Panzer Corps 2 facts

  • 1.000 unit types compared to Panzer Corps 1’s 700 in the latest patch
  • 61 scenarios in the single player campaign compared to Panzer Corps 1’s original 26
  • Random map generator for Skirmish, both single player and Multiplayer
  • New Tactical Challenges game mode
  • Live MP, Hotseat and PBEM
  • More new MP features, like Co-op, tournaments and chat in the lobby
  • 4k support and UI scaling
  • A much more powerful Scenario Editor
  • Built in Unreal Engine 4
  • Flexible alliance configuration for co-op mode, free for all, etc
  • Hundreds of custom camouflages and insignias which can be assigned to any unit (Panzer Corps 1 did not support custom skins for units)
  • Dozens of map skins for different locations, seasons and weather (Panzer Corps 1 had three)
  • Simultaneous unit actions to greatly speed up player’s and especially AI’s turns
  • In-depth briefings with text, voice and on-map markers, compared to simple “wall of text” in Panzer Corps 1
  • 60 minutes of music, compared to Panzer Corps 1’s original 8
  • Much more options to customize game interface, terrain, units, animations, redefine all hotkeys etc.

The units are very detailed and well modeled, shame that we spend most of the time zoomed out…

Panzer Corps 2 is localized in several major languages such as English, German, Russian, French, Spanish, Chinese and Polish. The full version also includes random maps a multiplayer, a replay feature when you can watch her finish games, unit history which is kill statistics and list of events a unit has gone through the mission, Steam achievements and Steam cloud saves. It is obvious that this game will be fully supported through a number of DLC’s and additional scenarios that you will be able to play through multiplayer modes such as PBEM and hotseat.

The missions can last between one or two hours, depending on your experience and prior knowledge of the maps and unit positions, and so far I have enjoyed them quite a lot. It appears that the tactical balance between units and their behavior on the field of battle is perfectly well designed, enabling you to achieve victories in seemingly hopeless situations if you play your cards right. Previously described features of the game such as suppression fire, entrenchment, encirclement and victory point control are executed perfectly and I have not seen a single point of reference where I could notice bugs or inconsistencies in the overall balance.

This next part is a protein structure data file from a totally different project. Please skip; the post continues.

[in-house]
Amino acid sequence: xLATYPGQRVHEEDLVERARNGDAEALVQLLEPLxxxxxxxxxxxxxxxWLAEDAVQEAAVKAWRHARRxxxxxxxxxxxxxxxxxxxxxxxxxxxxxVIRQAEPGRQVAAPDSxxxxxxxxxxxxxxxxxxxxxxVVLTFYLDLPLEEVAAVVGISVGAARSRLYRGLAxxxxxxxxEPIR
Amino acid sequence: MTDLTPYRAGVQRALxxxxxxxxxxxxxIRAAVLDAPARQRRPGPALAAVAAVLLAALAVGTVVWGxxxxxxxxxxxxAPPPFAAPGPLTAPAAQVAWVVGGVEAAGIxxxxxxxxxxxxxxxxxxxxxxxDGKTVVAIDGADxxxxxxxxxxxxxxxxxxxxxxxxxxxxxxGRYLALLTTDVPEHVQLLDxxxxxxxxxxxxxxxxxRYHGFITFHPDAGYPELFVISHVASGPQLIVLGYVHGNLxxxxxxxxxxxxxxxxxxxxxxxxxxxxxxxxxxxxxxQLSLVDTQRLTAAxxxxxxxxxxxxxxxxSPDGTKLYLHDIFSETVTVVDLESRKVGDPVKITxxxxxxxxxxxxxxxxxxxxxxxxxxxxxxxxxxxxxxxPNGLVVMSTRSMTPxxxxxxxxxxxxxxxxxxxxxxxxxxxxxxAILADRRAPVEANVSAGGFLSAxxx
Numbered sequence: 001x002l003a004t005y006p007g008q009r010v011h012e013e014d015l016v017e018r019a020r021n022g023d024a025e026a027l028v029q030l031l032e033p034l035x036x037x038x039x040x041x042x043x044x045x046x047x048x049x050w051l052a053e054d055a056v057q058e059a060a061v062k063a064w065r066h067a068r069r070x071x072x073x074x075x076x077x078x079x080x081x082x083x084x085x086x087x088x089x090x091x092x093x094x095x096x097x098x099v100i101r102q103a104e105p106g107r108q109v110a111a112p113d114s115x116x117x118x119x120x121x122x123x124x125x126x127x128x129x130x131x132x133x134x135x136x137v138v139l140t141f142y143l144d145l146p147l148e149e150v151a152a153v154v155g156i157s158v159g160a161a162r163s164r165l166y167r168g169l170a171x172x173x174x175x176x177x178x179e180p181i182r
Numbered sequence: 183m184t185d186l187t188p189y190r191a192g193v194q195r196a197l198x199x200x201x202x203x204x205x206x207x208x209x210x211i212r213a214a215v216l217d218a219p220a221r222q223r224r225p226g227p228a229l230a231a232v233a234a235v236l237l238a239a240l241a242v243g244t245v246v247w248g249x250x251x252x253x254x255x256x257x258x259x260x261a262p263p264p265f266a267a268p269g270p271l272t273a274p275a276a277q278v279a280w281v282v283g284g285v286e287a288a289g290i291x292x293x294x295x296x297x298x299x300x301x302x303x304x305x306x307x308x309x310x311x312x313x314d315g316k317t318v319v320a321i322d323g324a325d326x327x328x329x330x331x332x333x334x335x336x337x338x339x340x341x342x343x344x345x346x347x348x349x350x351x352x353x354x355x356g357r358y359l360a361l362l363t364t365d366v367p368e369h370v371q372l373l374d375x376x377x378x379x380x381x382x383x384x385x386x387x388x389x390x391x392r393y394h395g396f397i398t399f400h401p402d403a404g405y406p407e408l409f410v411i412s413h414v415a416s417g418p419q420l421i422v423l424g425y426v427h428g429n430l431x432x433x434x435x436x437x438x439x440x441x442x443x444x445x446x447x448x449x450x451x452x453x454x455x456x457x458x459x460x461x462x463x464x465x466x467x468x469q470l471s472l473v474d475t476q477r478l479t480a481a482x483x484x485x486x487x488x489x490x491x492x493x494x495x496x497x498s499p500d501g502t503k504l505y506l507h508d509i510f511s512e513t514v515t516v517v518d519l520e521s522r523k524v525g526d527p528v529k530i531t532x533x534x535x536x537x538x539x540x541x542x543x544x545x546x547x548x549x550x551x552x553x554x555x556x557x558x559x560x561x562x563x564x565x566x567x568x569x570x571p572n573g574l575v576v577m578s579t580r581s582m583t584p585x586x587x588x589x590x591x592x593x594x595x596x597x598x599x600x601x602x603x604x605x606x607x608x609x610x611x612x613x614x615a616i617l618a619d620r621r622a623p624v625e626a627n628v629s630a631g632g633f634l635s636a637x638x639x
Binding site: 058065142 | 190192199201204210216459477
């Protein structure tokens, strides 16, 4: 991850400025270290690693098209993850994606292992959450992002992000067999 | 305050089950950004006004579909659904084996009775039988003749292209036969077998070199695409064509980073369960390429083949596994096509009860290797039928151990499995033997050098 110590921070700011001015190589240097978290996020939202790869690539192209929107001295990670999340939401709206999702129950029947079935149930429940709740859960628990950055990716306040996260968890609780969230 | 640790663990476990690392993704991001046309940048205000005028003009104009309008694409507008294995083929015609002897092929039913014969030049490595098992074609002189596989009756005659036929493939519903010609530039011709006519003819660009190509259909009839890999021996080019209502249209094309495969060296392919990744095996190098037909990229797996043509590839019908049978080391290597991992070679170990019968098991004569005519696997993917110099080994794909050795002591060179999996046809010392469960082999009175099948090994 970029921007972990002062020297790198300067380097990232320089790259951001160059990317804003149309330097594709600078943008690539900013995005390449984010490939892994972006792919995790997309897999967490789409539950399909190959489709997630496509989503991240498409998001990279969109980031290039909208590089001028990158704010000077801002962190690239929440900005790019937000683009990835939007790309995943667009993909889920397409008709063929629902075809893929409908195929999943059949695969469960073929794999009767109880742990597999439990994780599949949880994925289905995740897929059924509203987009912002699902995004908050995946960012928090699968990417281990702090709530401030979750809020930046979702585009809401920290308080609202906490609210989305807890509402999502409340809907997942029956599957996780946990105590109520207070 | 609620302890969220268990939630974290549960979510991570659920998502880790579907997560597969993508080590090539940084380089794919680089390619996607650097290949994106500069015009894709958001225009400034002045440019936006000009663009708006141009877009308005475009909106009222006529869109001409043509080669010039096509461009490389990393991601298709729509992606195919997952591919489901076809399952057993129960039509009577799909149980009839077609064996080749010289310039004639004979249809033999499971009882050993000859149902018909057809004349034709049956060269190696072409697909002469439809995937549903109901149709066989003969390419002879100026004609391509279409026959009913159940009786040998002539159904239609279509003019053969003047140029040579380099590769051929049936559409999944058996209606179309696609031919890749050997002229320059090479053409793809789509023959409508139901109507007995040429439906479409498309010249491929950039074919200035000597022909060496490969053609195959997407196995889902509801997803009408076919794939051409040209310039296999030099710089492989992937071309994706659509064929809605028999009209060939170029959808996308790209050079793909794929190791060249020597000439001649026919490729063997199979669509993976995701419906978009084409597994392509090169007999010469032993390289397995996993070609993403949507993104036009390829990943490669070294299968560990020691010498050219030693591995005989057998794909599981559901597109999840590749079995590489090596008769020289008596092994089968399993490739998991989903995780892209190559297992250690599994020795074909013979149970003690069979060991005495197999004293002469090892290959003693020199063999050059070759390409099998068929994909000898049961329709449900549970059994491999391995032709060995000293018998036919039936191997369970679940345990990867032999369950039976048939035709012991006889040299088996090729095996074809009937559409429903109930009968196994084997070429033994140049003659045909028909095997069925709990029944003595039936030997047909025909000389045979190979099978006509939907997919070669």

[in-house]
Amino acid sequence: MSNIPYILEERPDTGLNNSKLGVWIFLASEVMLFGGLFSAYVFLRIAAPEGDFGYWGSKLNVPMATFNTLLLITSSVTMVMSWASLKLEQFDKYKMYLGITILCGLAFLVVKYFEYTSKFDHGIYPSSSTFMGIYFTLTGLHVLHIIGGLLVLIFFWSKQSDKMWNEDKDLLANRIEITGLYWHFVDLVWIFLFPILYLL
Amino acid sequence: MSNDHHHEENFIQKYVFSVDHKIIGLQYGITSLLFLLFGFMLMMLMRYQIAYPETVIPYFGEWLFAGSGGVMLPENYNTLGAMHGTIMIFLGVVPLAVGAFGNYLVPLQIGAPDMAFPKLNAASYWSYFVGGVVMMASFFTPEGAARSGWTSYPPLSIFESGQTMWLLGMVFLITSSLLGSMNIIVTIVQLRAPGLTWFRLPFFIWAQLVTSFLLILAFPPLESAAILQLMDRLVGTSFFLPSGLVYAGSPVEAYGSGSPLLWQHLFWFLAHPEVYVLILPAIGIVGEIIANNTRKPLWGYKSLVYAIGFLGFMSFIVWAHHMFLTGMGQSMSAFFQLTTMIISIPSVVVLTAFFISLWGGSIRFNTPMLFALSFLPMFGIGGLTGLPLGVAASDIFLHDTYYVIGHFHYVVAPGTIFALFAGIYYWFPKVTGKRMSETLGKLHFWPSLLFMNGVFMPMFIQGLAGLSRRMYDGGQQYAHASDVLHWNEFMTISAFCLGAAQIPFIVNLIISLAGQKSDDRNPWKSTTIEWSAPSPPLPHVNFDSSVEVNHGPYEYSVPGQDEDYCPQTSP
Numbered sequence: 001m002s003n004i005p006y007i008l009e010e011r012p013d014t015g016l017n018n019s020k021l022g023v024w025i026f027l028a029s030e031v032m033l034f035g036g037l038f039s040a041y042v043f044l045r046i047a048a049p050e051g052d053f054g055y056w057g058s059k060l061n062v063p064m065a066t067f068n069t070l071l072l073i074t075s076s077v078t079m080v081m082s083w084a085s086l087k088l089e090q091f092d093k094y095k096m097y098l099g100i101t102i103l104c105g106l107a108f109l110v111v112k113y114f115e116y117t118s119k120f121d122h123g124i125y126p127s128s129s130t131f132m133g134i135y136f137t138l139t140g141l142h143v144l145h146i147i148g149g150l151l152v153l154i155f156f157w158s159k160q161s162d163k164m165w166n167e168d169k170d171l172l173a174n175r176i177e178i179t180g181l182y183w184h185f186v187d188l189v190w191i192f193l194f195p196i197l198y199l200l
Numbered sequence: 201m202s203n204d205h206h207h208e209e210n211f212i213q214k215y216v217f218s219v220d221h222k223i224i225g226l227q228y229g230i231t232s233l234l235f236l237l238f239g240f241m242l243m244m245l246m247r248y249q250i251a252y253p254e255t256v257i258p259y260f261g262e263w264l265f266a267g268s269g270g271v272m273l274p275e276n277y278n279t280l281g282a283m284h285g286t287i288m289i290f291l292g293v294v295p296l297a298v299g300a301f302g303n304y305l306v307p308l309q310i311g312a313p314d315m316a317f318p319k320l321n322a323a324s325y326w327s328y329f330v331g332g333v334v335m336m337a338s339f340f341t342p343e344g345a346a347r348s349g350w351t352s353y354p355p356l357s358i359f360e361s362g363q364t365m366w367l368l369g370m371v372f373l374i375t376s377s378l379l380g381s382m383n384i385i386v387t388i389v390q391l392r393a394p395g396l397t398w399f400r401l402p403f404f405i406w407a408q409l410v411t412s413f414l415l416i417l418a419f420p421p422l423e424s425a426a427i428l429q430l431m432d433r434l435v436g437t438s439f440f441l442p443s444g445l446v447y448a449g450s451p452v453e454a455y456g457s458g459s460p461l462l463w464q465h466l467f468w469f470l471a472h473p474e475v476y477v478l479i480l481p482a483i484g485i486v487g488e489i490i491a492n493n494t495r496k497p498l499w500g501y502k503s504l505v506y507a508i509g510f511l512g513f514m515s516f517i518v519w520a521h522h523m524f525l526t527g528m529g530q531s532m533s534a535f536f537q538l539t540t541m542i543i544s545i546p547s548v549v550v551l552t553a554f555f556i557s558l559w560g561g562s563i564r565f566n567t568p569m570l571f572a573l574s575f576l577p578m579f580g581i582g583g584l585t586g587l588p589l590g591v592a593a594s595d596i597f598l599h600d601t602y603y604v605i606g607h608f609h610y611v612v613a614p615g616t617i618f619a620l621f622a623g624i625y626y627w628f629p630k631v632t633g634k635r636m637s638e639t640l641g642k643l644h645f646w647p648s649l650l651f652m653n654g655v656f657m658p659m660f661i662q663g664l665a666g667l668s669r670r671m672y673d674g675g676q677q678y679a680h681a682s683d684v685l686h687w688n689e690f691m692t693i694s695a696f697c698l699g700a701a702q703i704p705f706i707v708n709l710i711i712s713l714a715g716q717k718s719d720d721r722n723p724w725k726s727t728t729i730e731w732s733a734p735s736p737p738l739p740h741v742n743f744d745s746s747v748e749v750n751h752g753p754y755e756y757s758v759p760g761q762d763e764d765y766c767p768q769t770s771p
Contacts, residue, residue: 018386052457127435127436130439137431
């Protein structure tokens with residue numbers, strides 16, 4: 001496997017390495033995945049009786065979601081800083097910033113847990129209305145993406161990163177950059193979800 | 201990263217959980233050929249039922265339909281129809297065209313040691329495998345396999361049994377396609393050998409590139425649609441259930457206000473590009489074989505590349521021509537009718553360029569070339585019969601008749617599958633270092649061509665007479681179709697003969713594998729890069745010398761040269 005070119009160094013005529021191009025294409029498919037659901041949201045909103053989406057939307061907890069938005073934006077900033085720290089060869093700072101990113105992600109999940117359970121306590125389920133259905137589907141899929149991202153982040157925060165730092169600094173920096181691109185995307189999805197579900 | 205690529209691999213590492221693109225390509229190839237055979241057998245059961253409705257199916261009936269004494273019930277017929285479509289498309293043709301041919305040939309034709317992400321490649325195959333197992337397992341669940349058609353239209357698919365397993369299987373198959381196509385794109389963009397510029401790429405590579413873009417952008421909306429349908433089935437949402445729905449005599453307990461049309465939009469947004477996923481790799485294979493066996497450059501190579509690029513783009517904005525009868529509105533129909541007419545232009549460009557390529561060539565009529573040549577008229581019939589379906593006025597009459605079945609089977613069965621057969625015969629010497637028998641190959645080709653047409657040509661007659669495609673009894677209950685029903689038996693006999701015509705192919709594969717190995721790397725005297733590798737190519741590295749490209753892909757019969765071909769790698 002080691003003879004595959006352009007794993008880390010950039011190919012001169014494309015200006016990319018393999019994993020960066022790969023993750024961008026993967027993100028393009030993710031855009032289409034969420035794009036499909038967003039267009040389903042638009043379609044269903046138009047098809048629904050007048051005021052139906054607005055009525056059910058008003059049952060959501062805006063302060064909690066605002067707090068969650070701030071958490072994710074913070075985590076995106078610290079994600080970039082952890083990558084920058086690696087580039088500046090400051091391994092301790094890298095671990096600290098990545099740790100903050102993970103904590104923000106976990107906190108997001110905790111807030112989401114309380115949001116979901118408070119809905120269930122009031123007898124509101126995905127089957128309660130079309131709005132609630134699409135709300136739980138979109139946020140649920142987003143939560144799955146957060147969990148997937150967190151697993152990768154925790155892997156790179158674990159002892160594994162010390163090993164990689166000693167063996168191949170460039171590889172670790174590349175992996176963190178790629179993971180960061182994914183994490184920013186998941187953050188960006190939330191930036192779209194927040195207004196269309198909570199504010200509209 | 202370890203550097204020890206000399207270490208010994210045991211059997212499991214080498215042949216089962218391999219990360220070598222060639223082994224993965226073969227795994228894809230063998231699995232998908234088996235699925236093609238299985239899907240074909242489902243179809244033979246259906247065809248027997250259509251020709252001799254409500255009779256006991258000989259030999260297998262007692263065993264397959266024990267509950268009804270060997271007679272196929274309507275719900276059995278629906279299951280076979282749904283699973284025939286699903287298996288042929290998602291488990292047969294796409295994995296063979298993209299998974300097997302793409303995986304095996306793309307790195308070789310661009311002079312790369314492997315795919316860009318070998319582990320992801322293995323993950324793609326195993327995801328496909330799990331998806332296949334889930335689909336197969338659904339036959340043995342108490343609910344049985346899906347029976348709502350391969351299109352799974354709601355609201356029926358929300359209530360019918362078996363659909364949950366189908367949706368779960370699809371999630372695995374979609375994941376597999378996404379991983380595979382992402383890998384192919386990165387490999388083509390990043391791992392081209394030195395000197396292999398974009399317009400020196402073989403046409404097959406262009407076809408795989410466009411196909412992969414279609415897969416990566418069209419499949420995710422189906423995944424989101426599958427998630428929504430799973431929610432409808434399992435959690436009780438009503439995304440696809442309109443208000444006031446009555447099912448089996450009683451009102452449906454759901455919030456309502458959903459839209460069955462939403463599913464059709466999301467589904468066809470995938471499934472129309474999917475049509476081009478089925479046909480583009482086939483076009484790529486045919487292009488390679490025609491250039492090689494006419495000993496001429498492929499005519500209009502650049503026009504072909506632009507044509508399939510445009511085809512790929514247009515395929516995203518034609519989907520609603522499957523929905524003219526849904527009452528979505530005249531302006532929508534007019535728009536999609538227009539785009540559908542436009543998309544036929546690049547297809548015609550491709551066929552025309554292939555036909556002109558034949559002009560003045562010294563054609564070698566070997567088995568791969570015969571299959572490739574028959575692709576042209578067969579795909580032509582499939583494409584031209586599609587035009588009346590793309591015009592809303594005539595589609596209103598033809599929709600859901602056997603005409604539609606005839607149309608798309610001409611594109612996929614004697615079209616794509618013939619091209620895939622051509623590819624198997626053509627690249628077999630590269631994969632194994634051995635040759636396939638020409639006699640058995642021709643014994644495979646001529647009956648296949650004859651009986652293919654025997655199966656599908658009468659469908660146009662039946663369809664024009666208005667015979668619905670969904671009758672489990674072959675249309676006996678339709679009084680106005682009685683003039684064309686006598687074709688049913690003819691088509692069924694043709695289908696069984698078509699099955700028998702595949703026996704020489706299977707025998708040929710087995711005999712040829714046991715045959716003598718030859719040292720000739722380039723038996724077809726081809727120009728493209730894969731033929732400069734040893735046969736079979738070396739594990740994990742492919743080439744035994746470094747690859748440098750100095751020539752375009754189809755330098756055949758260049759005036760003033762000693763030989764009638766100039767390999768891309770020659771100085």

The Final Thoughts

This is definitely a game that turn-based strategy fans should give a try! If you get the Panzer Corps 2 Field Marshal edition you will get access to the first two DLC’s for free, four bonus scenarios, digital soundtrack and 75 bonus skins for your units. I believe that the DLC’s alone should be a sufficient enticement to get this version! I am confident that I personally will get many hours of very enjoyable gameplay out of Panzer Corps 2, both playing single player campaigns and scenarios as well as playing multiplayer matches PBEM style. Interestingly enough, this game seems to be much more accessible to the genre than similar titles and will not chase a typical newcomer away screaming! So, even if you have never played this type of games before, Panzer Corps 2 is an excellent place to start!